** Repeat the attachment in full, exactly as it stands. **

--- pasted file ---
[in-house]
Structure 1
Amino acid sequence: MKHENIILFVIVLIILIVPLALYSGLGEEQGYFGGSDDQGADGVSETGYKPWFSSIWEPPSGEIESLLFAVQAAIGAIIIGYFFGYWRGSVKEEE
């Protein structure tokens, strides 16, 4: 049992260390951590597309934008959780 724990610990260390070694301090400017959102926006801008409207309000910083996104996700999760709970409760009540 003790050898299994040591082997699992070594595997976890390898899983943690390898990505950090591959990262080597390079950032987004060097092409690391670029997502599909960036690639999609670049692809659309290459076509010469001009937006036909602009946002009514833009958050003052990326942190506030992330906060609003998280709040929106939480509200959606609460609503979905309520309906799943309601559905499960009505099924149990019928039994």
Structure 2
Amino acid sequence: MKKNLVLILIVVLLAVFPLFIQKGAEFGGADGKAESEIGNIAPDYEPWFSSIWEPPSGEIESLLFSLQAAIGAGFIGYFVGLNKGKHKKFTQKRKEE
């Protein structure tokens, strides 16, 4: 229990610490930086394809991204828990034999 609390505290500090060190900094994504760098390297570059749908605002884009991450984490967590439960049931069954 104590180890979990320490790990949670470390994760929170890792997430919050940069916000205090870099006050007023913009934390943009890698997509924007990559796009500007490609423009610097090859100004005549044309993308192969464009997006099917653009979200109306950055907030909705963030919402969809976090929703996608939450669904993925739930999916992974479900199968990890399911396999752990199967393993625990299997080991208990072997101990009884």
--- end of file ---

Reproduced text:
[in-house]
Structure 1
Amino acid sequence: MKHENIILFVIVLIILIVPLALYSGLGEEQGYFGGSDDQGADGVSETGYKPWFSSIWEPPSGEIESLLFAVQAAIGAIIIGYFFGYWRGSVKEEE
């Protein structure tokens, strides 16, 4: 049992260390951590597309934008959780 724990610990260390070694301090400017959102926006801008409207309000910083996104996700999760709970409760009540 003790050898299994040591082997699992070594595997976890390898899983943690390898990505950090591959990262080597390079950032987004060097092409690391670029997502599909960036690639999609670049692809659309290459076509010469001009937006036909602009946002009514833009958050003052990326942190506030992330906060609003998280709040929106939480509200959606609460609503979905309520309906799943309601559905499960009505099924149990019928039994």
Structure 2
Amino acid sequence: MKKNLVLILIVVLLAVFPLFIQKGAEFGGADGKAESEIGNIAPDYEPWFSSIWEPPSGEIESLLFSLQAAIGAGFIGYFVGLNKGKHKKFTQKRKEE
């Protein structure tokens, strides 16, 4: 229990610490930086394809991204828990034999 609390505290500090060190900094994504760098390297570059749908605002884009991450984490967590439960049931069954 104590180890979990320490790990949670470390994760929170890792997430919050940069916000205090870099006050007023913009934390943009890698997509924007990559796009500007490609423009610097090859100004005549044309993308192969464009997006099917653009979200109306950055907030909705963030919402969809976090929703996608939450669904993925739930999916992974479900199968990890399911396999752990199967393993625990299997080991208990072997101990009884």